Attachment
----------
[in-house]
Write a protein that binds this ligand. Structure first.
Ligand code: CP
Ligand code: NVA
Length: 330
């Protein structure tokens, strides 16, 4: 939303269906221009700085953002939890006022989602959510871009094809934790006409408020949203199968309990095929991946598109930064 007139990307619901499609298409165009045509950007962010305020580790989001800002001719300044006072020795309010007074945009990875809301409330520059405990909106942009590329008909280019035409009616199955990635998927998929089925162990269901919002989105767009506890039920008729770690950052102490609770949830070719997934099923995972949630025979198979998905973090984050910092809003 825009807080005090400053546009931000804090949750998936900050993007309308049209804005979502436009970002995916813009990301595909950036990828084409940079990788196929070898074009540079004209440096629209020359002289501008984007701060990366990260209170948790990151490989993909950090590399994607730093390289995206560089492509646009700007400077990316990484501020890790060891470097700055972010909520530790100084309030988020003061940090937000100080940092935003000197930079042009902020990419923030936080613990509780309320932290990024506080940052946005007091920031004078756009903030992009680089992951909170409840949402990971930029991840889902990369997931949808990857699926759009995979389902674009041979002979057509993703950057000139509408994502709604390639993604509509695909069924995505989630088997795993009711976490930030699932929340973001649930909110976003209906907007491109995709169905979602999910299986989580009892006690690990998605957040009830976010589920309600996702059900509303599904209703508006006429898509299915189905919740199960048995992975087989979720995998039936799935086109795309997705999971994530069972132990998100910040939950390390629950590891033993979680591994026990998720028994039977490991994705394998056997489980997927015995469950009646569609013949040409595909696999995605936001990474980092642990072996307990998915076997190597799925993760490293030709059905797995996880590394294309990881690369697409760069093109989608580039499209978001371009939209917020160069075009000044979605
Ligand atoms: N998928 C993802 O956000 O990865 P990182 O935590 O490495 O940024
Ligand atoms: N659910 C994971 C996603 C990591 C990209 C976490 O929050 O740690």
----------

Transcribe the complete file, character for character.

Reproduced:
[in-house]
Write a protein that binds this ligand. Structure first.
Ligand code: CP
Ligand code: NVA
Length: 330
């Protein structure tokens, strides 16, 4: 939303269906221009700085953002939890006022989602959510871009094809934790006409408020949203199968309990095929991946598109930064 007139990307619901499609298409165009045509950007962010305020580790989001800002001719300044006072020795309010007074945009990875809301409330520059405990909106942009590329008909280019035409009616199955990635998927998929089925162990269901919002989105767009506890039920008729770690950052102490609770949830070719997934099923995972949630025979198979998905973090984050910092809003 825009807080005090400053546009931000804090949750998936900050993007309308049209804005979502436009970002995916813009990301595909950036990828084409940079990788196929070898074009540079004209440096629209020359002289501008984007701060990366990260209170948790990151490989993909950090590399994607730093390289995206560089492509646009700007400077990316990484501020890790060891470097700055972010909520530790100084309030988020003061940090937000100080940092935003000197930079042009902020990419923030936080613990509780309320932290990024506080940052946005007091920031004078756009903030992009680089992951909170409840949402990971930029991840889902990369997931949808990857699926759009995979389902674009041979002979057509993703950057000139509408994502709604390639993604509509695909069924995505989630088997795993009711976490930030699932929340973001649930909110976003209906907007491109995709169905979602999910299986989580009892006690690990998605957040009830976010589920309600996702059900509303599904209703508006006429898509299915189905919740199960048995992975087989979720995998039936799935086109795309997705999971994530069972132990998100910040939950390390629950590891033993979680591994026990998720028994039977490991994705394998056997489980997927015995469950009646569609013949040409595909696999995605936001990474980092642990072996307990998915076997190597799925993760490293030709059905797995996880590394294309990881690369697409760069093109989608580039499209978001371009939209917020160069075009000044979605
Ligand atoms: N998928 C993802 O956000 O990865 P990182 O935590 O490495 O940024
Ligand atoms: N659910 C994971 C996603 C990591 C990209 C976490 O929050 O740690």